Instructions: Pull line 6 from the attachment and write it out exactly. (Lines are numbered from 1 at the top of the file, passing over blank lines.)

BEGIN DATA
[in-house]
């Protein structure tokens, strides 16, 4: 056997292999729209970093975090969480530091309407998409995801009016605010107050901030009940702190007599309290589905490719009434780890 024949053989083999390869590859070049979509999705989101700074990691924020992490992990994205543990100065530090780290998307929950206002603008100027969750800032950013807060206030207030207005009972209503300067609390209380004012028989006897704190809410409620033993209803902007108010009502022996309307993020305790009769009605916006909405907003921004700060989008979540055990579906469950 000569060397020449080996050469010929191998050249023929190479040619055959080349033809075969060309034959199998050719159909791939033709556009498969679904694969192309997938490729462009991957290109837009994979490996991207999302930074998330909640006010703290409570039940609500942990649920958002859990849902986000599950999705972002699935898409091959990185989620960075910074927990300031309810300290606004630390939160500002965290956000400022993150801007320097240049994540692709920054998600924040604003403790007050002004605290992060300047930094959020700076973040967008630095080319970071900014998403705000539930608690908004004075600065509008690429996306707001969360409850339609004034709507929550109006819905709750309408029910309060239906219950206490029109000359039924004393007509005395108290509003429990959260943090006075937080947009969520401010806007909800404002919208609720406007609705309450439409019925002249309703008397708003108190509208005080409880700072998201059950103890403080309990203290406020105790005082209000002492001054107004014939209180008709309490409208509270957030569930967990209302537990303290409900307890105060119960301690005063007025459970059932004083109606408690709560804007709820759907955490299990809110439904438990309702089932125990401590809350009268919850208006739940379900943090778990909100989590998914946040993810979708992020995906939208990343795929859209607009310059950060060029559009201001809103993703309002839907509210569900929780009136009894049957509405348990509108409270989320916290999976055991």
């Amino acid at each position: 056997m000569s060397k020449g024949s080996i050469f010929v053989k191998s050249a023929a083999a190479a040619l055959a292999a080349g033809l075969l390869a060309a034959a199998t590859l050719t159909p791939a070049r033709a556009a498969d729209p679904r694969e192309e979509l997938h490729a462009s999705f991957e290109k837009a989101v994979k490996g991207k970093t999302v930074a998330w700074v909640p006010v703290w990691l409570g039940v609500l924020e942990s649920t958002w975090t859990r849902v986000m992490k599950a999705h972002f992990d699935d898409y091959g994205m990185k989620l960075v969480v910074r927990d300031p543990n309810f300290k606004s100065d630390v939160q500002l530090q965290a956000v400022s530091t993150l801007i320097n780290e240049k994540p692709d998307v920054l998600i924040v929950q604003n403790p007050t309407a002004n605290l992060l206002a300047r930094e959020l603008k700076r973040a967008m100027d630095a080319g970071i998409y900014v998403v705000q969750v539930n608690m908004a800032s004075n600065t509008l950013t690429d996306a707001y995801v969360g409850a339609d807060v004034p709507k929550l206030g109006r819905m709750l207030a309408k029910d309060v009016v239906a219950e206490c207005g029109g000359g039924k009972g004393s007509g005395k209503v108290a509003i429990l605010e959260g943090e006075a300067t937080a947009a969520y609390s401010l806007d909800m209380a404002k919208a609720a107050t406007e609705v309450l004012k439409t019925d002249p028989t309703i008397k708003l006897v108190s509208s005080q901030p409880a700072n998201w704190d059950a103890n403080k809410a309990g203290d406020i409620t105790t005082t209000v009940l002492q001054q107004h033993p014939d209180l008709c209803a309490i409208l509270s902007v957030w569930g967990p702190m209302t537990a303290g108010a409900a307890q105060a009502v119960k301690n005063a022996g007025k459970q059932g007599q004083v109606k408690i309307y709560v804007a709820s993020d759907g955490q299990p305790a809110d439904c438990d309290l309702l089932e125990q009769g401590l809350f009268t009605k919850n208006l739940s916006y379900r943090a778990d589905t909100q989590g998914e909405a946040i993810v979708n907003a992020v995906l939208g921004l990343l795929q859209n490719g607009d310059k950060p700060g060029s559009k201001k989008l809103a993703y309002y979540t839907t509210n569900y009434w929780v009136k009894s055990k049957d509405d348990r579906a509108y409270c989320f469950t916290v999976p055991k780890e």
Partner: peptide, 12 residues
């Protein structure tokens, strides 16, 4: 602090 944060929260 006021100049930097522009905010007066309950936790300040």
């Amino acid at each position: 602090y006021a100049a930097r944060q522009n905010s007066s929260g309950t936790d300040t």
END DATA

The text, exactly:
């Amino acid at each position: 602090y006021a100049a930097r944060q522009n905010s007066s929260g309950t936790d300040t």